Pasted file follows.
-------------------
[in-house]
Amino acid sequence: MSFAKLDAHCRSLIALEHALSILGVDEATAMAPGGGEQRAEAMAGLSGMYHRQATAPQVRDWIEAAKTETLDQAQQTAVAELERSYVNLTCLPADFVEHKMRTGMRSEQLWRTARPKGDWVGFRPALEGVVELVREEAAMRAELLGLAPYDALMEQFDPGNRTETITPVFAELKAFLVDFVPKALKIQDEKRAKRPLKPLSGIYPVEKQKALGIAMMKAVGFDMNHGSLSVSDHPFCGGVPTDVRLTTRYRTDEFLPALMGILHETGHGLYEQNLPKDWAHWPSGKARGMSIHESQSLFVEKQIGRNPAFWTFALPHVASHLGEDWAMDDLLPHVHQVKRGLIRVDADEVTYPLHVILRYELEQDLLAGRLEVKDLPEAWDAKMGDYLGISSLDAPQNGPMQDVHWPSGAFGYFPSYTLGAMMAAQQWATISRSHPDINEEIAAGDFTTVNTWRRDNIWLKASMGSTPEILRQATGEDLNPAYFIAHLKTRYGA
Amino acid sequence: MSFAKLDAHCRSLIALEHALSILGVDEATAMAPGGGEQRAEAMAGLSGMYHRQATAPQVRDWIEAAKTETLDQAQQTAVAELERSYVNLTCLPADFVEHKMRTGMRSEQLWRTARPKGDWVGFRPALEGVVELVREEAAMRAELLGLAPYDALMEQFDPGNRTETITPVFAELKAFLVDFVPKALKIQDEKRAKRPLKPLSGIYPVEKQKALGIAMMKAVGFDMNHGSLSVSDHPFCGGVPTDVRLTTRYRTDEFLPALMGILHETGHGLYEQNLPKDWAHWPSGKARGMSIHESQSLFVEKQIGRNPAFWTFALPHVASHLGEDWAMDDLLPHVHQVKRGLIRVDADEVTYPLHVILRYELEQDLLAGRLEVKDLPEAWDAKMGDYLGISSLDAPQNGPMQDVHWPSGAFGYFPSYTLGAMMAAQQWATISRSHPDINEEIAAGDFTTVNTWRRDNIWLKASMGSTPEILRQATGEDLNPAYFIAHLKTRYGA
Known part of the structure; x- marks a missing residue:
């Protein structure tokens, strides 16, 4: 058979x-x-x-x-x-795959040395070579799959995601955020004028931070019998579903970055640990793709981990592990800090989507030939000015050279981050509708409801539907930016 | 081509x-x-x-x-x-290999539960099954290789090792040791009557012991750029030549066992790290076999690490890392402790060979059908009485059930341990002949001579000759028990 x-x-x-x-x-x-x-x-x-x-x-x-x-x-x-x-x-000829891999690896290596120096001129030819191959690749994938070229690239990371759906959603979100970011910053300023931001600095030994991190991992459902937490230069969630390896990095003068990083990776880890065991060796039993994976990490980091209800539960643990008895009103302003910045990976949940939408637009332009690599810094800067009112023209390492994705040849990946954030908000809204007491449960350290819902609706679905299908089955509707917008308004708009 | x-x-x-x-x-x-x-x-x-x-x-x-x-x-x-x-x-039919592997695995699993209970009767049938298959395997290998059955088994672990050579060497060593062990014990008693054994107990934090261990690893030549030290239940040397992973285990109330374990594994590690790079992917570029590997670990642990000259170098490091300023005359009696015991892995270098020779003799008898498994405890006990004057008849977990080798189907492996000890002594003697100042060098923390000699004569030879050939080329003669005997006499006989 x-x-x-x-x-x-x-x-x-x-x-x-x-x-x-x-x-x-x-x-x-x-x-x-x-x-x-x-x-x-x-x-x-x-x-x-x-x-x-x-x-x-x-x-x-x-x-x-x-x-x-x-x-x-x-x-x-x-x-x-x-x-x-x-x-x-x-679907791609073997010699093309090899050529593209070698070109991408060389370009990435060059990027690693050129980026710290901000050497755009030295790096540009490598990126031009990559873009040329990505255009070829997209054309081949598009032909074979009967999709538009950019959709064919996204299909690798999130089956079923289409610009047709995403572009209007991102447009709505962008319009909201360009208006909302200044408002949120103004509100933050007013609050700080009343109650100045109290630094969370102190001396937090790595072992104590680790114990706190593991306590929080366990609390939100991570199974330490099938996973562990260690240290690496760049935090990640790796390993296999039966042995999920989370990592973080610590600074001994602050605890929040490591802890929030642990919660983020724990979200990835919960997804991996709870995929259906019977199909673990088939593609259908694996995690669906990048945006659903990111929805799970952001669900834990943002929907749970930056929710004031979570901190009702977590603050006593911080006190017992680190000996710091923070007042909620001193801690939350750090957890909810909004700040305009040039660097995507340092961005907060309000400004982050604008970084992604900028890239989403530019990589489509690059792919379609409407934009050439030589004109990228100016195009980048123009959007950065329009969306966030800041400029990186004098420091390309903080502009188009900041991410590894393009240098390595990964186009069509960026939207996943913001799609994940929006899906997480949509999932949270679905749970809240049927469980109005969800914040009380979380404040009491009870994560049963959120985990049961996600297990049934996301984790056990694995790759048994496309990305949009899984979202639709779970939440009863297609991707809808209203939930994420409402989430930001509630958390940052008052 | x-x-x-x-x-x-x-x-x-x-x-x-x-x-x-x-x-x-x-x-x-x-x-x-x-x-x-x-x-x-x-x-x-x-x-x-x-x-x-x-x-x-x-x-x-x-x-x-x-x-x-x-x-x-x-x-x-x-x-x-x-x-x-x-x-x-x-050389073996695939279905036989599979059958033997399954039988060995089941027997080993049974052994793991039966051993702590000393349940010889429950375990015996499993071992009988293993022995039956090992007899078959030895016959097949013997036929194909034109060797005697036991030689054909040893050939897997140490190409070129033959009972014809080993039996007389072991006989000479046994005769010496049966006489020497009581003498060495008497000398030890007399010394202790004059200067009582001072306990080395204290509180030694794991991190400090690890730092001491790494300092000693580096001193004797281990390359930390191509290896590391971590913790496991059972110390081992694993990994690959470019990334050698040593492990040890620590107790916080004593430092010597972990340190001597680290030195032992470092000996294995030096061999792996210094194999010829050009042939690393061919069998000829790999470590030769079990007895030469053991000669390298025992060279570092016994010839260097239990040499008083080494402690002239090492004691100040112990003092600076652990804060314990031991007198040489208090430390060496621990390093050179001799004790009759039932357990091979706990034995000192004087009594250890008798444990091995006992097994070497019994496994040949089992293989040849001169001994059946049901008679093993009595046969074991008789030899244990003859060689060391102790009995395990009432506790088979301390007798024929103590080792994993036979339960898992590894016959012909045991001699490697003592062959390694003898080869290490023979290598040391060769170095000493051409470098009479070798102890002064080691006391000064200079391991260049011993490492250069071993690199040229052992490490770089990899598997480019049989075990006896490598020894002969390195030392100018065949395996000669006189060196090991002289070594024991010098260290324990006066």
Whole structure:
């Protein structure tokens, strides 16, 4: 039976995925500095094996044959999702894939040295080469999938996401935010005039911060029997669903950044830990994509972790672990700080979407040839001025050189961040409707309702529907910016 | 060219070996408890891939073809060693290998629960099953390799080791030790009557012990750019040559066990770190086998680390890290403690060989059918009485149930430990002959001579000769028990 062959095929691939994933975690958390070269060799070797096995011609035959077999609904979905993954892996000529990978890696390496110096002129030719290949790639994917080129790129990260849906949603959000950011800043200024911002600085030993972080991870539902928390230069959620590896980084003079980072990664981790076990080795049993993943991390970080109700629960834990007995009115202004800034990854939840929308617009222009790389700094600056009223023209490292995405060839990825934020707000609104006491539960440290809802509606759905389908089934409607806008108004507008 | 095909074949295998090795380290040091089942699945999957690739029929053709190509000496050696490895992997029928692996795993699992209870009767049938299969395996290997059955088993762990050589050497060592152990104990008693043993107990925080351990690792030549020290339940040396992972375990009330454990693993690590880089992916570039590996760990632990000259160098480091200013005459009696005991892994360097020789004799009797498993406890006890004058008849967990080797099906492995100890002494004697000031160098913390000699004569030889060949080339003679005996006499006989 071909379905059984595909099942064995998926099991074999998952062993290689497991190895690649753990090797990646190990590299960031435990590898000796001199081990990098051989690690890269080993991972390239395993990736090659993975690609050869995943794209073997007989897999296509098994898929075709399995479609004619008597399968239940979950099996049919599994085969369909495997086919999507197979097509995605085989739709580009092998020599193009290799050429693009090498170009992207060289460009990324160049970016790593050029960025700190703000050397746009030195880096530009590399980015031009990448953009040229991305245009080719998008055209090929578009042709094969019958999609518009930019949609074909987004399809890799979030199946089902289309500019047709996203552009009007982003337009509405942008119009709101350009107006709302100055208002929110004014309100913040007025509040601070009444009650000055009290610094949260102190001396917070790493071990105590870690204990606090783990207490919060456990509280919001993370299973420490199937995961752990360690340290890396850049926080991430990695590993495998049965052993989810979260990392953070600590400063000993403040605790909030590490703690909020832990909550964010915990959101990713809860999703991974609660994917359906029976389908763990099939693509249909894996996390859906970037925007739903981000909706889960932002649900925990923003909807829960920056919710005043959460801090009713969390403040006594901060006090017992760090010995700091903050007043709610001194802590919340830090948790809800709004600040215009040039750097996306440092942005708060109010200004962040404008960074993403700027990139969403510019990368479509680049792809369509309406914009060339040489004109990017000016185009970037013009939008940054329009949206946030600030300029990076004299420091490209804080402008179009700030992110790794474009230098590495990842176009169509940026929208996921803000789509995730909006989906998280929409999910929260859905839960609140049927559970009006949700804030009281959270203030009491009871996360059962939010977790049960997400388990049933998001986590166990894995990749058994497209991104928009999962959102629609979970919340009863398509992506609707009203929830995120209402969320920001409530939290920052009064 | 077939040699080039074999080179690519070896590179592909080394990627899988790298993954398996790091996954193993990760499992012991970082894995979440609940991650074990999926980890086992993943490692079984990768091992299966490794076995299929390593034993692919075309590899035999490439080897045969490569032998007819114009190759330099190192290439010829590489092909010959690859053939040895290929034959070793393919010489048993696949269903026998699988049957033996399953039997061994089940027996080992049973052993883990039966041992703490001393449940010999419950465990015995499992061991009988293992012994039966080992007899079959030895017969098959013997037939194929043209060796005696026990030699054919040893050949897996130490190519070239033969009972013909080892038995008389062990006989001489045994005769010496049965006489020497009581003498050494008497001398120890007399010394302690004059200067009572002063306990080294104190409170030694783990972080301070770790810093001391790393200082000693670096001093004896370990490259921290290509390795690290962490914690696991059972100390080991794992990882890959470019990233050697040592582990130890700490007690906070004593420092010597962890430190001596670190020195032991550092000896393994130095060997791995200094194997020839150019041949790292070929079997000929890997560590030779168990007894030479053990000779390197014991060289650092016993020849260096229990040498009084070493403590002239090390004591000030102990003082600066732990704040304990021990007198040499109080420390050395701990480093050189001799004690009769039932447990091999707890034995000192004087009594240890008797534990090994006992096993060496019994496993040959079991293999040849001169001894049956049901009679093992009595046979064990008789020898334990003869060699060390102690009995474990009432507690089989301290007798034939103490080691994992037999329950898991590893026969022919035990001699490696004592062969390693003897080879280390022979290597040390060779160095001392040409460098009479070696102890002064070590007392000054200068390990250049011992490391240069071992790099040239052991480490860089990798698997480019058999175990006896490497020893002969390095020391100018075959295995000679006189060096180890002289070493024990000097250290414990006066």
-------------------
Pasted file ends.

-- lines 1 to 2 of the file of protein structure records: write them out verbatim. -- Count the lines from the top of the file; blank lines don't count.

[in-house]
Amino acid sequence: MSFAKLDAHCRSLIALEHALSILGVDEATAMAPGGGEQRAEAMAGLSGMYHRQATAPQVRDWIEAAKTETLDQAQQTAVAELERSYVNLTCLPADFVEHKMRTGMRSEQLWRTARPKGDWVGFRPALEGVVELVREEAAMRAELLGLAPYDALMEQFDPGNRTETITPVFAELKAFLVDFVPKALKIQDEKRAKRPLKPLSGIYPVEKQKALGIAMMKAVGFDMNHGSLSVSDHPFCGGVPTDVRLTTRYRTDEFLPALMGILHETGHGLYEQNLPKDWAHWPSGKARGMSIHESQSLFVEKQIGRNPAFWTFALPHVASHLGEDWAMDDLLPHVHQVKRGLIRVDADEVTYPLHVILRYELEQDLLAGRLEVKDLPEAWDAKMGDYLGISSLDAPQNGPMQDVHWPSGAFGYFPSYTLGAMMAAQQWATISRSHPDINEEIAAGDFTTVNTWRRDNIWLKASMGSTPEILRQATGEDLNPAYFIAHLKTRYGA